The taxman tells you upfront the percentage of income and capital gain he intends to take from you. The markets and their promoters give you no such guarantee. They can take all your capital without you ever making one cent of income or gain. I am no fan of the taxman and advocate you do everything you can to legitimately reduce your tax contribution. However, investments promising to minimise tax — agri-schemes, negative gearing, depreciation allowances etc — should be subject to a very high level of scrutiny before you proceed.

▪ Avoid capital destroying losses.

If markets fall 50%, you must achieve a 100% return to recover your original starting position. Falling over the cliff happens much faster than climbing back up it — and also hurts a hell of a lot more. An ounce of caution is preferable to a tonne of regret.

Market Movement

Source: BizNews

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▪ Patience is absolutely essential to long term wealth creation.

Family wealth is not about chasing the “hot” return. It is about identifying trends and either participating in or avoiding those trends. These trends can take a long time to play out — so be it.

▪ Avoid excessive debt.

The old saying is, “There is no new way to go broke — it is always too much debt.” The investment industry has coined the phrases “good debt” and “bad debt”. In theory margin lending is “good debt” — ask investors in Storm Financial how good that debt turned out to be…“good debt” to buy an overpriced asset is, in my opinion, a bad debt. Borrow cautiously and within your means.

▪ What you want and what you get are two different things.

Investors may want a certain rate of return to achieve a particular goal, however achieving that rate of return with a degree of safety may not be on offer ie: you may want an 8% return on your capital, but interest rates are only 3% — be very careful trying to chase that extra 5%, it could come with a very hefty capital loss. Therefore, you have to adjust your expectations rather than chase return.

▪ If it sounds too good to be true then it usually is.

If whatever is offered to you does not pass the “sniff” test, then walk away. It was Donald Trump who said: “Experience taught me a few things. One is to listen to your gut, no matter how good something sounds on paper. The second is that you’re generally better off sticking with what you know. And the third is that sometimes your best investments are the ones you don’t make.”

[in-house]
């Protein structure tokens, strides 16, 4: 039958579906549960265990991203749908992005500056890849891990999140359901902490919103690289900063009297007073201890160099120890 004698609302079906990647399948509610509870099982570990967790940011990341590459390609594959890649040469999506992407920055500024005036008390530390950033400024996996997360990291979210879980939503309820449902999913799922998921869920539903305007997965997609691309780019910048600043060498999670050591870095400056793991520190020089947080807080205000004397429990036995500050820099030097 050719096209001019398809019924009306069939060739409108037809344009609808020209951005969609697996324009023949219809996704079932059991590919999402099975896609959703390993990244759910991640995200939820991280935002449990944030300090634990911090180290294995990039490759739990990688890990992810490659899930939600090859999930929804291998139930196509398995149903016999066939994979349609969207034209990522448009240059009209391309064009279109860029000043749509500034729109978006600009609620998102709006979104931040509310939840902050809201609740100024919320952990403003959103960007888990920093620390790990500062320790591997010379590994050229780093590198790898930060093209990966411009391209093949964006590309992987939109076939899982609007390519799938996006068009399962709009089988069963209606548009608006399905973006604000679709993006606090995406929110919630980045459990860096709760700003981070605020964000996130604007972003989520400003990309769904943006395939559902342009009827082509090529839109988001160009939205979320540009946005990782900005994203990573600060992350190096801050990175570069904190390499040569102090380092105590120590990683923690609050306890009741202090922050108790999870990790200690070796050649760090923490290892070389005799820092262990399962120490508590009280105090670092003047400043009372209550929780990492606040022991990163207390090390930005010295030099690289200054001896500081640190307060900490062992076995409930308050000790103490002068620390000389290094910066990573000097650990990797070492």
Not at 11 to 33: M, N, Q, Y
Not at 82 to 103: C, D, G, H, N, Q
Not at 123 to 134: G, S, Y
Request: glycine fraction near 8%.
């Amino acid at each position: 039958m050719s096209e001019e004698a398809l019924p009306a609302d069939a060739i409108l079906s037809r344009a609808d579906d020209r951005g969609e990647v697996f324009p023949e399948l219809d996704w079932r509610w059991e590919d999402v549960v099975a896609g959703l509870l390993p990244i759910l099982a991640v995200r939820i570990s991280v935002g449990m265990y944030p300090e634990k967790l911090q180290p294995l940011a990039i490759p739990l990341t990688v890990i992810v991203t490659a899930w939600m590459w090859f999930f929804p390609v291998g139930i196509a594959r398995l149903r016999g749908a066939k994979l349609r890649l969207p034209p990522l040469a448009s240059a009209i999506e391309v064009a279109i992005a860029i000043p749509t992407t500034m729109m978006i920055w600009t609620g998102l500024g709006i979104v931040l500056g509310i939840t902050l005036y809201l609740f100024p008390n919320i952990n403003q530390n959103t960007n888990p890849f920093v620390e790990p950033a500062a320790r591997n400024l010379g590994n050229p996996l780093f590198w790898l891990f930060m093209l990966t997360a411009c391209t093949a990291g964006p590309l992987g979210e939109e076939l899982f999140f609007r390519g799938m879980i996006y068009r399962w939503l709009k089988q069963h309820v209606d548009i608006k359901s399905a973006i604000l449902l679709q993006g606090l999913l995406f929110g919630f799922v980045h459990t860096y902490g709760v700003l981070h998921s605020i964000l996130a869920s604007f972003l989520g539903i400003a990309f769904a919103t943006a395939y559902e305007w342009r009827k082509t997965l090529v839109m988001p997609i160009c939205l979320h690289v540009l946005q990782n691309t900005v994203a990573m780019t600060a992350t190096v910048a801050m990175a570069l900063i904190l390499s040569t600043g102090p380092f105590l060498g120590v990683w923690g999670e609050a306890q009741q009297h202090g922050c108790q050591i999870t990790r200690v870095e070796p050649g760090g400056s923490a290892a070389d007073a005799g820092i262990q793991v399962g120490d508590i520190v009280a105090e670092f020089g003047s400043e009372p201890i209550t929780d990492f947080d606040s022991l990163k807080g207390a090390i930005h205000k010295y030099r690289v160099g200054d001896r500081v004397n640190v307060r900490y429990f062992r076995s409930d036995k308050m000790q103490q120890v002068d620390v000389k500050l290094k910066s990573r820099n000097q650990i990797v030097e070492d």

▪ Risk does not always equal reward.

Too often investors are under the misapprehension that risk equals reward ie: the higher the risk, the higher the reward. When in fact the higher the risk can mean the greater the loss. Even low risk can mean great loss — just ask the depositors in Cyprus banks.

▪ Past performance is a very poor guide to future performance.

The world is dynamic. The events that created the past performance are not necessarily going to be replicated in the future. Yet time and again the greatest inflow of money into an investment sector happens when the positive trend is reaching its use by date.

One final piece of timeless advice: an ounce of prevention is better than a tonne of cure.


Vern Gowdie Signature

Vern Gowdie,
Editor, The Rum Rebellion

PS: Vern is also the Editor of The Gowdie Letter and The Gowdie Advisory — investment services designed to help everyday Australians avoid the financial pitfalls of a volatile economy and make informed decisions to grow their wealth for generations to come.

Vern has been involved in financial planning since 1986.

In 1999, Personal Investor magazine ranked Vern as one of Australia’s Top 50 financial planners.

His previous firm, Gowdie Financial Planning, was recognised in 2004, 2005, 2006 & 2007, by Independent Financial Adviser magazine as one of the top five financial planning firms in Australia.

In 2005, Vern commenced his writing career with the ‘Big Picture’ column for regional newspapers and was a commentator on financial matters for Prime Radio talkback.

In 2008, he sold his financial planning firm due to concerns about an impending economic downturn and the impact this would have on the investment industry.

In 2013, he joined Fat Tail Investment Research as editor of Gowdie Family Wealth. In 2015, his book The End of Australia sold over 20,000 copies and launched his second premium newsletter, The Gowdie Letter.

Vern has since published two other books, A Parents Gift of Knowledge, all about the passing of investing intelligence from father to daughter, and How Much Bull can Investors Bear, an expose on the investment industry’s smoke and mirrors.

His contrarian views often place him at odds with the financial planning profession today, but Vern’s sole motivation is to help investors like you to protect their own and their family’s wealth.

Vern is Founder and Chairman of The Gowdie Advisory and The Gowdie Letter advisory service.